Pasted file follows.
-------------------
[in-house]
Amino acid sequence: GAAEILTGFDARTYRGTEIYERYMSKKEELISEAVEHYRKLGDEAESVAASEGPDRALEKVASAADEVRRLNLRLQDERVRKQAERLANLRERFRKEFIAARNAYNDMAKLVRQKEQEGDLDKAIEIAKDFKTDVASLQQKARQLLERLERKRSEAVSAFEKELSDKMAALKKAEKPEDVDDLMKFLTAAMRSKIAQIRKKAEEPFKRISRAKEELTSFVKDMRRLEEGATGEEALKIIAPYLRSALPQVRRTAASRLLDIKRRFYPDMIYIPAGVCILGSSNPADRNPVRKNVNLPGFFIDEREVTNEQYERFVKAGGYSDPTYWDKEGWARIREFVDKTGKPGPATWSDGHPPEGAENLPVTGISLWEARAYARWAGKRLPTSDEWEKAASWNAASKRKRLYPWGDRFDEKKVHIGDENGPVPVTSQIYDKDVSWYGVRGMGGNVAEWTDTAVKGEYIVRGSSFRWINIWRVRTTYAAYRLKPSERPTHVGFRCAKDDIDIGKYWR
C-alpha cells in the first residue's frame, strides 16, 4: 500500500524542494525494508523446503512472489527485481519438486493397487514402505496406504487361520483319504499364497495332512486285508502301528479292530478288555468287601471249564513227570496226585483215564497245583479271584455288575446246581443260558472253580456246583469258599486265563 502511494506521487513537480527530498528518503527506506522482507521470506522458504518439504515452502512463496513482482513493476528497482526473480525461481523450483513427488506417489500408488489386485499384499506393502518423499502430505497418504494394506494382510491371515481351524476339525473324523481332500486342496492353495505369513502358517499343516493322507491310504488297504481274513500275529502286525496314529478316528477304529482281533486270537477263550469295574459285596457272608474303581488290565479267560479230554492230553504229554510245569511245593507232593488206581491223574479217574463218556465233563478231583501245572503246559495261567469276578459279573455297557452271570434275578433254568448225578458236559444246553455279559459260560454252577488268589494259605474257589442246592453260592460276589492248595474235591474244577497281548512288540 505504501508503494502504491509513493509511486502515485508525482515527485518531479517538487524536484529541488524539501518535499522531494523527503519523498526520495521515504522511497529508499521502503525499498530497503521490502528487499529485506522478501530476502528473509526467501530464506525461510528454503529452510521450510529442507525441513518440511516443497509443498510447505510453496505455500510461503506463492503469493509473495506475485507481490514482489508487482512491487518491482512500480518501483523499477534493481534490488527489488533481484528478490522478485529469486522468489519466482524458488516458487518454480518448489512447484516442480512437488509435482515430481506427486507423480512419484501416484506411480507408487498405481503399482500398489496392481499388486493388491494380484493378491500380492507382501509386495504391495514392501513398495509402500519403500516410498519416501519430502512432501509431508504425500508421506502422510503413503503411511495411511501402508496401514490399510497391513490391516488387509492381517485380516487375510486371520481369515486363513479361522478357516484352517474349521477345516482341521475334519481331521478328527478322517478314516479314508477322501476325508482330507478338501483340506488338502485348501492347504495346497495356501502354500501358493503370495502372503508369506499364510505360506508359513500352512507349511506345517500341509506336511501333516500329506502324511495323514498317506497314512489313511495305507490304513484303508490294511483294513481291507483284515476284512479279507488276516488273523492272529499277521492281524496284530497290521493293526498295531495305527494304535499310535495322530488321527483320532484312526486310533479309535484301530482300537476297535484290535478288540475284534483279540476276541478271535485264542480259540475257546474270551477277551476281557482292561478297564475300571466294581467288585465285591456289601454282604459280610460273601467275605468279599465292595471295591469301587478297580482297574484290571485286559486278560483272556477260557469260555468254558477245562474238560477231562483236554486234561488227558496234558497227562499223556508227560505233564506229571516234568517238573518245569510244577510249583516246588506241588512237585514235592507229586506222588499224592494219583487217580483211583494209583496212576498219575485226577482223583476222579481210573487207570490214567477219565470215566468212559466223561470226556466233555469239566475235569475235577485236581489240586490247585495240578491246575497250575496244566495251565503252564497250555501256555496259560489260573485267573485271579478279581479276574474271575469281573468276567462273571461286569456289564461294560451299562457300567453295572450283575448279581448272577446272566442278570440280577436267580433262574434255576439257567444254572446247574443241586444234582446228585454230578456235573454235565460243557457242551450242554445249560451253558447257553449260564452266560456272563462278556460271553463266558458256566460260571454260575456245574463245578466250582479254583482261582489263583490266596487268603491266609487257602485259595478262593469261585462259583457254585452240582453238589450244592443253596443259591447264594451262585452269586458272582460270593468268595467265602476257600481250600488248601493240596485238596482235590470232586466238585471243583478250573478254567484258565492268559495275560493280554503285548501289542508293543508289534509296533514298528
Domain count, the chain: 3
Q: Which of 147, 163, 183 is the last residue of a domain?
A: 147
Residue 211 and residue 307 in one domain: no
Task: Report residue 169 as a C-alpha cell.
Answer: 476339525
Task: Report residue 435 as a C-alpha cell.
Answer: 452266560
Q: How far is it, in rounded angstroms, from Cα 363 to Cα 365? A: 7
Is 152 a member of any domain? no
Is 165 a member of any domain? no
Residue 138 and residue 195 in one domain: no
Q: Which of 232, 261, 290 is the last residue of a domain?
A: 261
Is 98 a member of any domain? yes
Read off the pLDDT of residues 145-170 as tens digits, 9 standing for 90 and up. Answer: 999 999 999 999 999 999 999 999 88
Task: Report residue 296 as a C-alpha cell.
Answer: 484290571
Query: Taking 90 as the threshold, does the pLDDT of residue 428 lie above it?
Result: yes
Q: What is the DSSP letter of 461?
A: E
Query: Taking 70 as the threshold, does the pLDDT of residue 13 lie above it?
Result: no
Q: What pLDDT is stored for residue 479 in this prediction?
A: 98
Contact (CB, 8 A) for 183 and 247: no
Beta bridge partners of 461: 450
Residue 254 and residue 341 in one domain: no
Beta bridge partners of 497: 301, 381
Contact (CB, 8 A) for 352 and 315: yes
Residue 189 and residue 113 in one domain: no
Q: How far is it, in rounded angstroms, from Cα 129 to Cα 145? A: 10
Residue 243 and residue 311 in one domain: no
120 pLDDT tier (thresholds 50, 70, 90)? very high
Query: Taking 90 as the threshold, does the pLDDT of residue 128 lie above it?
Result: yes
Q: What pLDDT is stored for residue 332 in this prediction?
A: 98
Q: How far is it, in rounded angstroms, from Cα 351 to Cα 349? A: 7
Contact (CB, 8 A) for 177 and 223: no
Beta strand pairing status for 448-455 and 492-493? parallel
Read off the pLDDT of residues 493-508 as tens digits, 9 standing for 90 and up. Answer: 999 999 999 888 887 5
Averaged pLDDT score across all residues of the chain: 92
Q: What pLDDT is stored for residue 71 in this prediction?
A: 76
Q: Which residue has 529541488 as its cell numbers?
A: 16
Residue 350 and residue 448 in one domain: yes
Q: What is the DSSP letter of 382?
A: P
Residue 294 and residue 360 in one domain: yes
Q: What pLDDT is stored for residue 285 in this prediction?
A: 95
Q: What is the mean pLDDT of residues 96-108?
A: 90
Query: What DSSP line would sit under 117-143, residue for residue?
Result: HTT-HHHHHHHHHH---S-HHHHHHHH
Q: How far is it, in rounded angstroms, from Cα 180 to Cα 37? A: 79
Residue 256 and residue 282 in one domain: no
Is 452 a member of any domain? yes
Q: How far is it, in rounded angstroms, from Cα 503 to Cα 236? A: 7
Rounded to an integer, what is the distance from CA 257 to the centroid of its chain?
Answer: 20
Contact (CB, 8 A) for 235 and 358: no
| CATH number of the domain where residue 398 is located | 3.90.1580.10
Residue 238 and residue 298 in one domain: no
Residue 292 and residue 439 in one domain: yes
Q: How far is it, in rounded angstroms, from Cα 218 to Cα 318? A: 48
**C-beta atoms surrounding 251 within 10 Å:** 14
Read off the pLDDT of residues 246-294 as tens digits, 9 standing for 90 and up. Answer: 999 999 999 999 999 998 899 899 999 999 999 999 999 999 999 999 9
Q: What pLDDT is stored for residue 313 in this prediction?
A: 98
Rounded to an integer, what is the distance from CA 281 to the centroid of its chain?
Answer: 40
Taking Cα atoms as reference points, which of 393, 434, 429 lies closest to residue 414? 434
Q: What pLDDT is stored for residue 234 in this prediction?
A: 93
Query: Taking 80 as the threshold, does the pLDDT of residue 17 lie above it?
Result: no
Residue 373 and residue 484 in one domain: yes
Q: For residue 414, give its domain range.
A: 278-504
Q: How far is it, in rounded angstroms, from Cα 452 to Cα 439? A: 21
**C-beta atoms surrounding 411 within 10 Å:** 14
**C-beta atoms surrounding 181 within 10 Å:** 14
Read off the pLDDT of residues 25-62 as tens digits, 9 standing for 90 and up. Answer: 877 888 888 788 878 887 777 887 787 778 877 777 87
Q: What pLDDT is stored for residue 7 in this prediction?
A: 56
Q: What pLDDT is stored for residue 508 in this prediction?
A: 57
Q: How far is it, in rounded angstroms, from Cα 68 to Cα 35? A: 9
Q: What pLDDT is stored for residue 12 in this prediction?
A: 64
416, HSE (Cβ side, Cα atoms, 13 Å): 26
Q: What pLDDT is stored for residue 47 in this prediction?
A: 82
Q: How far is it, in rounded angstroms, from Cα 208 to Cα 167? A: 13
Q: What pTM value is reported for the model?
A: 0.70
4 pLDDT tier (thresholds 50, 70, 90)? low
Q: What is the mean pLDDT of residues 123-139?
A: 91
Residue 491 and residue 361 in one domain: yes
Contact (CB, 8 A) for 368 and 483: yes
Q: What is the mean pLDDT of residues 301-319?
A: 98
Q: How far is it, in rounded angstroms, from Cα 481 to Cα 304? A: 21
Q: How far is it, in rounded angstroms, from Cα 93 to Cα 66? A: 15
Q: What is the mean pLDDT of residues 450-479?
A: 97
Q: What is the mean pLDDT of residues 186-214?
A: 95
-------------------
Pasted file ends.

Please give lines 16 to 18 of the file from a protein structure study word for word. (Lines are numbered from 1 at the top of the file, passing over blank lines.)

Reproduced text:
Q: Which of 232, 261, 290 is the last residue of a domain?
A: 261
Is 98 a member of any domain? yes